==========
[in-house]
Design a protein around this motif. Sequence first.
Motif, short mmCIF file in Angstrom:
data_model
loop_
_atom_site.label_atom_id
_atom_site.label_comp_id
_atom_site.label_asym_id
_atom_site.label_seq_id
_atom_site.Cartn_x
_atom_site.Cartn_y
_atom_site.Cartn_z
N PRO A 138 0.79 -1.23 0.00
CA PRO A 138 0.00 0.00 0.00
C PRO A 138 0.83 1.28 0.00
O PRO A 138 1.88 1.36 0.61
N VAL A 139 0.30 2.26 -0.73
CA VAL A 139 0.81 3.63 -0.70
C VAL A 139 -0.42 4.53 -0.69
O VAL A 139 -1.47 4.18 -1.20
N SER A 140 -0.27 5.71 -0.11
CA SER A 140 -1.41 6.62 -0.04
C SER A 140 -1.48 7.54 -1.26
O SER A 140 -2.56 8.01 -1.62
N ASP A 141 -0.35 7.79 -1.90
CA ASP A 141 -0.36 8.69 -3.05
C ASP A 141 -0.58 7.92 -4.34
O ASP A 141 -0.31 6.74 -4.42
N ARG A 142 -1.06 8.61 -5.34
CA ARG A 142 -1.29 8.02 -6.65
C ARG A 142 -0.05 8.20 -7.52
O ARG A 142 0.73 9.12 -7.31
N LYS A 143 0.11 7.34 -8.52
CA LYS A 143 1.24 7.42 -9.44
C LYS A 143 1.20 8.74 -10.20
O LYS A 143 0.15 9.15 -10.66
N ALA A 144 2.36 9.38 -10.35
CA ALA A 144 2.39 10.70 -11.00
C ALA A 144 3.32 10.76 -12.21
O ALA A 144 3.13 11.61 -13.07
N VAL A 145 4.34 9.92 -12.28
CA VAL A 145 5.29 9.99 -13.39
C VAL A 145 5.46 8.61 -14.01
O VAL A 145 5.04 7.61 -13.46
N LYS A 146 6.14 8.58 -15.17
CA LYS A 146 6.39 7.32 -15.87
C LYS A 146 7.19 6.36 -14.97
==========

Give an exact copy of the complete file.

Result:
[in-house]
Design a protein around this motif. Sequence first.
Motif, short mmCIF file in Angstrom:
data_model
loop_
_atom_site.label_atom_id
_atom_site.label_comp_id
_atom_site.label_asym_id
_atom_site.label_seq_id
_atom_site.Cartn_x
_atom_site.Cartn_y
_atom_site.Cartn_z
N PRO A 138 0.79 -1.23 0.00
CA PRO A 138 0.00 0.00 0.00
C PRO A 138 0.83 1.28 0.00
O PRO A 138 1.88 1.36 0.61
N VAL A 139 0.30 2.26 -0.73
CA VAL A 139 0.81 3.63 -0.70
C VAL A 139 -0.42 4.53 -0.69
O VAL A 139 -1.47 4.18 -1.20
N SER A 140 -0.27 5.71 -0.11
CA SER A 140 -1.41 6.62 -0.04
C SER A 140 -1.48 7.54 -1.26
O SER A 140 -2.56 8.01 -1.62
N ASP A 141 -0.35 7.79 -1.90
CA ASP A 141 -0.36 8.69 -3.05
C ASP A 141 -0.58 7.92 -4.34
O ASP A 141 -0.31 6.74 -4.42
N ARG A 142 -1.06 8.61 -5.34
CA ARG A 142 -1.29 8.02 -6.65
C ARG A 142 -0.05 8.20 -7.52
O ARG A 142 0.73 9.12 -7.31
N LYS A 143 0.11 7.34 -8.52
CA LYS A 143 1.24 7.42 -9.44
C LYS A 143 1.20 8.74 -10.20
O LYS A 143 0.15 9.15 -10.66
N ALA A 144 2.36 9.38 -10.35
CA ALA A 144 2.39 10.70 -11.00
C ALA A 144 3.32 10.76 -12.21
O ALA A 144 3.13 11.61 -13.07
N VAL A 145 4.34 9.92 -12.28
CA VAL A 145 5.29 9.99 -13.39
C VAL A 145 5.46 8.61 -14.01
O VAL A 145 5.04 7.61 -13.46
N LYS A 146 6.14 8.58 -15.17
CA LYS A 146 6.39 7.32 -15.87
C LYS A 146 7.19 6.36 -14.97